"Sustain the Wings"
Noted for his big band swing music and specifically the "Glenn Miller Sound," American jazz musician Alton Glenn Miller entertained troops with catchy toe-tapping beats and sentinmental tunes during WWII. His orchestra was one of the most popular during the big band swing era. Miller was an exceptionally talented musician (he played the trombone), arranger, composer, and bandleader.
Glenn Miller grew up with music. His family moved multiple times, first from Clarinda, Iowa, where he was born in 1904, to Nebraska and then to Missouri. While he was in Missouri, Miller started playing the trombone in a town band. When his family moved again to Fort Morgan, Colorado, Miller joined his high school band in 1918 and cultivated his musical talents. He then went on to attend the University of Colorado in 1923, but soon left it in favor of joining various musical groups and bands. Miller first recorded under his own name in 1934, but without much immediate success; that success came 4 years later in 1938.
Then, “With the onset of WWII [in 1939], Glenn Miller willingly left behind his musical success to serve his country. [At 38, Miller was too old to be drafted, and first volunteered for the Navy but was told that they did not need his services.] In 1942, he enlisted in the US Army Air Force leaving behind civilian life but not his music. Appointed as a Captain in the Army Specialist Corps, he devoted himself to raising soldiers' morale by modernizing the army band. After completing basic training, Miller organized the Glenn Miller Army Air Force Band, which has been acclaimed by some as his best musical group. Like Miller's previous endeavors, the Army Air Force Band was a great triumph. Miller and his group kept up a hectic schedule of tours and performances. During its time, the band gave over 800 performances, more than 300 of which were personal appearances. The other 500 were broadcasts heard by millions of listeners. Miller also participated in other broadcasts, serving as the host of 'Sustain the Wings,' a weekly radio show” (4). He wrote 70 top ten hits in 4 years (1939-1942), and gained great popularity with his unique “Glenn Miller Sound” for songs like "In the Mood," "A String of Pearls," "Little Brown Jug," and "Moonlight Serenade." As Miller himself said, "A band ought to have a sound all of its own. It ought to have a personality" (4).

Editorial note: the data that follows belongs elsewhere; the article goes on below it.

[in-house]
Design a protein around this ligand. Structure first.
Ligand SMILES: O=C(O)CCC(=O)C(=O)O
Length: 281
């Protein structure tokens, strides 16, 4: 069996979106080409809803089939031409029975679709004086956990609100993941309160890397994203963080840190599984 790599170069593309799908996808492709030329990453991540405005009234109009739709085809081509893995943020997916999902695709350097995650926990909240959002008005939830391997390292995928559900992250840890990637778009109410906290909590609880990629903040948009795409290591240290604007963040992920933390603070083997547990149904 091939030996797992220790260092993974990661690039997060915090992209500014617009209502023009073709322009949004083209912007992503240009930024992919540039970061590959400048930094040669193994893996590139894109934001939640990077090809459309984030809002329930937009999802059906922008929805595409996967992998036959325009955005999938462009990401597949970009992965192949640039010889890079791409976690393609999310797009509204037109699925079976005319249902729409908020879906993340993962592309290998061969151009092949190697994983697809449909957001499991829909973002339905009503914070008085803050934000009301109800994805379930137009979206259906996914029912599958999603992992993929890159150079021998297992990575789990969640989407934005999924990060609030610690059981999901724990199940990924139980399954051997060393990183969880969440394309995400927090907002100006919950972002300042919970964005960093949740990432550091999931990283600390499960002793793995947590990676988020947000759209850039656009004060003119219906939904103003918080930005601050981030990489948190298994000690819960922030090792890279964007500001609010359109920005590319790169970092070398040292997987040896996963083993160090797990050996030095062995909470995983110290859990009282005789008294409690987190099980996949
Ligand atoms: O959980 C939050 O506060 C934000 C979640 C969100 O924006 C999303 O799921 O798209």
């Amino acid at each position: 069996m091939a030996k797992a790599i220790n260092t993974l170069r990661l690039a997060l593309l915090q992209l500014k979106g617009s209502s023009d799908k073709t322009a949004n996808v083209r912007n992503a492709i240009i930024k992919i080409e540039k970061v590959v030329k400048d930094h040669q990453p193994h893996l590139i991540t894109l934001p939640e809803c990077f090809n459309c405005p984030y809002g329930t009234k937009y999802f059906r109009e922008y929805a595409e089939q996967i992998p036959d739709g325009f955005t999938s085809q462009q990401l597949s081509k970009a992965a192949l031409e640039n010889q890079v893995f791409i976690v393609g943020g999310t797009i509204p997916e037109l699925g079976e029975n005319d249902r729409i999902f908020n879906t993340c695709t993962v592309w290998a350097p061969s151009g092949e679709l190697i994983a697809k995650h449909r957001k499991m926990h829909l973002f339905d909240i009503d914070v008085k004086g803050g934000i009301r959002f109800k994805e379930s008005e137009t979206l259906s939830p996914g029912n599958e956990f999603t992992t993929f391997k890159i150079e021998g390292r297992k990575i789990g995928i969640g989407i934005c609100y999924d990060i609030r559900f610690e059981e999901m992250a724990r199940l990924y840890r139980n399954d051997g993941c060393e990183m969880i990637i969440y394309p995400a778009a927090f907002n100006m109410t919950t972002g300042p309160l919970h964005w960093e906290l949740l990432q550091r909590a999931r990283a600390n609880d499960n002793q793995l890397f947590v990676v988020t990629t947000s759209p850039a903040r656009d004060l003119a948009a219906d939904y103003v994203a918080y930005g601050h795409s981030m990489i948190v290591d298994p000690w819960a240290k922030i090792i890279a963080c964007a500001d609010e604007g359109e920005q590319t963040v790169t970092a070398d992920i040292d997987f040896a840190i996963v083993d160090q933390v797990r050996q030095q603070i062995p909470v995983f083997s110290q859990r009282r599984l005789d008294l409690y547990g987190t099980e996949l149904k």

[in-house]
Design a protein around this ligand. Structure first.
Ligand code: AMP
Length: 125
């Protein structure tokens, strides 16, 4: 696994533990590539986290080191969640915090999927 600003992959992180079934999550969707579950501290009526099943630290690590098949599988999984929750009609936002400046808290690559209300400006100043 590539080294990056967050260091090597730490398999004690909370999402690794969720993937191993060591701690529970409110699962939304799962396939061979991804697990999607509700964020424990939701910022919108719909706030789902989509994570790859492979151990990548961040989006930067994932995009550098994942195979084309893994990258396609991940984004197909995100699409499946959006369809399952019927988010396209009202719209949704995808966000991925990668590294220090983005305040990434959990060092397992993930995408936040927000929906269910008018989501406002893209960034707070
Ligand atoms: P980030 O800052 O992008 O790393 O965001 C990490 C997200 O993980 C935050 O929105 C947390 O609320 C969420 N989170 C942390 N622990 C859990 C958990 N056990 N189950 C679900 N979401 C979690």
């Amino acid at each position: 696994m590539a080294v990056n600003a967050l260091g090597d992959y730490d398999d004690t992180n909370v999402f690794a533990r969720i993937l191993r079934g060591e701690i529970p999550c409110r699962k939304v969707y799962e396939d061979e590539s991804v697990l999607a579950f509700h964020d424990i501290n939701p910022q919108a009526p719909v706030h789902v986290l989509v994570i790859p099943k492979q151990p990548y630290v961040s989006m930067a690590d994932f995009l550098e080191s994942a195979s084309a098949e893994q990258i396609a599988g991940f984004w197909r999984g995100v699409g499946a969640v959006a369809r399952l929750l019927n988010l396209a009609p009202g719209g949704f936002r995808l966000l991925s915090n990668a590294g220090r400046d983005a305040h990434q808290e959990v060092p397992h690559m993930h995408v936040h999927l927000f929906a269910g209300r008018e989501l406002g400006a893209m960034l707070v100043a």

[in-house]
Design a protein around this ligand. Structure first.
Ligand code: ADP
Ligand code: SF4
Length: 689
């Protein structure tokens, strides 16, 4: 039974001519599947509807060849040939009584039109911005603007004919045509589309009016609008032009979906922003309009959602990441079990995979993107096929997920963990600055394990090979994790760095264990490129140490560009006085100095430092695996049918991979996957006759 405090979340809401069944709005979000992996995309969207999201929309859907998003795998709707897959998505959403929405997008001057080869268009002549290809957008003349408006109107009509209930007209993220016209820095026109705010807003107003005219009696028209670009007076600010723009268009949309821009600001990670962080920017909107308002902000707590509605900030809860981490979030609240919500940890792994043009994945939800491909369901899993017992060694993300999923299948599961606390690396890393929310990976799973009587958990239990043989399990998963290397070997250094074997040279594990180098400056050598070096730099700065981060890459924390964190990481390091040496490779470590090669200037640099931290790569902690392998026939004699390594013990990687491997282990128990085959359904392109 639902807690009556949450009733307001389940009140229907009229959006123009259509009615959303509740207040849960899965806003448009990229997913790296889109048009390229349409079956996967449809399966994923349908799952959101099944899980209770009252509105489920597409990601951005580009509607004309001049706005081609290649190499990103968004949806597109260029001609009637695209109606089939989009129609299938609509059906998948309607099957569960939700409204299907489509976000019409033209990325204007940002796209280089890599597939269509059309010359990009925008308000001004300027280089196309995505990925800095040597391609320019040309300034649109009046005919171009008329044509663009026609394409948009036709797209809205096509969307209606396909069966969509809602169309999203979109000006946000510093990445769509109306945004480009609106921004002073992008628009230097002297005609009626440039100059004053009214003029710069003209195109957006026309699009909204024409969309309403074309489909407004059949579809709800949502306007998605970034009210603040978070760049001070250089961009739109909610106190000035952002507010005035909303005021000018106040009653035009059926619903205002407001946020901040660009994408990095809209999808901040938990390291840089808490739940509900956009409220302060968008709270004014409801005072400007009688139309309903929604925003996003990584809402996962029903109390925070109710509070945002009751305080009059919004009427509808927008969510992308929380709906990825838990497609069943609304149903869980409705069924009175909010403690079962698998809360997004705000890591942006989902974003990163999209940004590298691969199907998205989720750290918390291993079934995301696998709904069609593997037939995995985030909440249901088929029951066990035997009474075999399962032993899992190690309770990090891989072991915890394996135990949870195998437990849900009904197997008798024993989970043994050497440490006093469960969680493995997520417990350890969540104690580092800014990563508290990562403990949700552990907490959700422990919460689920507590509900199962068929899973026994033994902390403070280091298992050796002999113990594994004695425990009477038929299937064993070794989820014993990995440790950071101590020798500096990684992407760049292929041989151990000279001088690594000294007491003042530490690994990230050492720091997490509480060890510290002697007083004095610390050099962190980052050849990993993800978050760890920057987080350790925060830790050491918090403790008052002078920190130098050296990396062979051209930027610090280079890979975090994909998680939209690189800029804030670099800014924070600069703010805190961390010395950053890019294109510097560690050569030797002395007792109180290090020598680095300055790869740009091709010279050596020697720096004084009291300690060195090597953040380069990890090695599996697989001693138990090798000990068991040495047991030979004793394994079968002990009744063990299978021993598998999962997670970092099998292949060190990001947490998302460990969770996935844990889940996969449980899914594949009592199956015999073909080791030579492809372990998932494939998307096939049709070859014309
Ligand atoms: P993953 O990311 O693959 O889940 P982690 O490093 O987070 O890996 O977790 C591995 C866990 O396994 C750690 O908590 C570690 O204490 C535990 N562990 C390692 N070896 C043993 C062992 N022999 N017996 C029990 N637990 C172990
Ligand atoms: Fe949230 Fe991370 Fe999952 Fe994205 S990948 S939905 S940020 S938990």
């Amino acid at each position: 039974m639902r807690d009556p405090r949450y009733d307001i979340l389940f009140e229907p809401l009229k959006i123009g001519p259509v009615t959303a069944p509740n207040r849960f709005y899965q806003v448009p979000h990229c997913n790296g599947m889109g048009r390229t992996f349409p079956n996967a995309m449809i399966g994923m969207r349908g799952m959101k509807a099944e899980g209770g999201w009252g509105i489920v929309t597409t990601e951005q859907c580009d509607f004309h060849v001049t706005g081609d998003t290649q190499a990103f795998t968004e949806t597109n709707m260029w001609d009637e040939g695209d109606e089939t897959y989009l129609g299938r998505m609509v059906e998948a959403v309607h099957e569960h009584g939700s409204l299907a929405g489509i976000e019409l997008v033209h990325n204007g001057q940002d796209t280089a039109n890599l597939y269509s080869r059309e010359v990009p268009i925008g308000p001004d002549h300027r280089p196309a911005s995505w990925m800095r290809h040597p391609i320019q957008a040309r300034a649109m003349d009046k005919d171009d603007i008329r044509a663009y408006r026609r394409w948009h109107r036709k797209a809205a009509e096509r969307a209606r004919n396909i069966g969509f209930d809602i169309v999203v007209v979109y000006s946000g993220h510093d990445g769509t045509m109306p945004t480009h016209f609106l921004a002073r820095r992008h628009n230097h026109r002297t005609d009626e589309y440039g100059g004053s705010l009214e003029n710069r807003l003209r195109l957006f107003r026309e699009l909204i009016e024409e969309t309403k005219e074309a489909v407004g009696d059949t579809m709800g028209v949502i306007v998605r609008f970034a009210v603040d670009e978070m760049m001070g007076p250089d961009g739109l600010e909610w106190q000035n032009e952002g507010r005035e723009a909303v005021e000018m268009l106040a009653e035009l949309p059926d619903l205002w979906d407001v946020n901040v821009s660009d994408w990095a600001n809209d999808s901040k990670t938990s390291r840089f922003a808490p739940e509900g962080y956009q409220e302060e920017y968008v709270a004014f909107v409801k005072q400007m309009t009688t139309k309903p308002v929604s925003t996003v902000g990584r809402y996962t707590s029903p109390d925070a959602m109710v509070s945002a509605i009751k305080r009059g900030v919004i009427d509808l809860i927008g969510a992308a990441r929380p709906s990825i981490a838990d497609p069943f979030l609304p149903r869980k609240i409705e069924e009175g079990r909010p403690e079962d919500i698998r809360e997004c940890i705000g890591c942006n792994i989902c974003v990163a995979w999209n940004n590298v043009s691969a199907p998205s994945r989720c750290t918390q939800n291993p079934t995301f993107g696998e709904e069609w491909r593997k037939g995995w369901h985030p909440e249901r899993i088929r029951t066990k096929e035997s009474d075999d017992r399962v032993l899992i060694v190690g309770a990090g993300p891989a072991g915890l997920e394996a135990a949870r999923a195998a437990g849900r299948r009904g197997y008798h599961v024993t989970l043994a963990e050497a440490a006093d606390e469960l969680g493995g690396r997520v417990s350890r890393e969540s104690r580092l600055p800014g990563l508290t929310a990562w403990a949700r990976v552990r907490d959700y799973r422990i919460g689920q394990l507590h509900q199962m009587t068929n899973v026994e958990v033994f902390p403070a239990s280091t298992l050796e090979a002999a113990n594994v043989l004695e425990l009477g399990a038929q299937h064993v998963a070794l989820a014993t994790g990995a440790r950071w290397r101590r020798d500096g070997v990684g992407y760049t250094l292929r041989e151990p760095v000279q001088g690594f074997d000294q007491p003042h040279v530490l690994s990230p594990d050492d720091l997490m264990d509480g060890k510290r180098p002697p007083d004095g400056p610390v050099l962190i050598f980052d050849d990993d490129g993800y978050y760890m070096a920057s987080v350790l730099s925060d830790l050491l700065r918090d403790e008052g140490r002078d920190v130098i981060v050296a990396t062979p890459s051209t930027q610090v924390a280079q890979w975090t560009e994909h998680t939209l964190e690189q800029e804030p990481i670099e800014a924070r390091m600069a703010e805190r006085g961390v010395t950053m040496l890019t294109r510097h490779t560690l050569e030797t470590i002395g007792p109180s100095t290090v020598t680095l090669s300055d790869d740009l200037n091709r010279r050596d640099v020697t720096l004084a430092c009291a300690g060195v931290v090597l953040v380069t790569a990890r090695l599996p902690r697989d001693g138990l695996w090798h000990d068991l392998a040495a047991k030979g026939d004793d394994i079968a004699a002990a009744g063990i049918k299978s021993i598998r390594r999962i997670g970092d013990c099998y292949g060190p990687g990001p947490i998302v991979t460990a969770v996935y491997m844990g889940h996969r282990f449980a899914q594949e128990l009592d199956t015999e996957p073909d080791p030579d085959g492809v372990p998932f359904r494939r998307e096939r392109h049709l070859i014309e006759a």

July 28, 1945
US soldiers listen to a Saturday afternoon jam session by Glenn Miller's Band at Camp Herbert Tareyton near Le Havre, France. The Glenn Miller Band continued to play after Miller's death in 1944 until its members were discharged from service.
Miller also formed a network of service orchestras for the war effort. “In summarizing Miller's military career, General Jimmy Doolittle said, ‘next to a letter from home, [this] organization was the greatest morale builder in the European Theater of Operations’” (5).
In 1944 on December 15th, Miller was flying in a plane from the UK to get to a performance in Paris, France to play for soldiers who had recently liberated Paris. However, the plane disappeared while flying over the English Channel. Presumably, the plane crashed and both pilots and Miller were killed. It is unclear as to whether this occurrence was due to stormy weather conditions or to bombs, jettisoned by Allied bombers returning from an aborted mission, that may have inadvertently struck the plane (5). Miller was 40 years old; his status is Missing In Action (MIA).
Click here to see a modern performance of Miller's arrangement of "American Patrol;" watch for the cool maneuvers that the rows of musicians made with their instruments.
Click here to hear an original LP recording of Miller's arrangement of "American Patrol"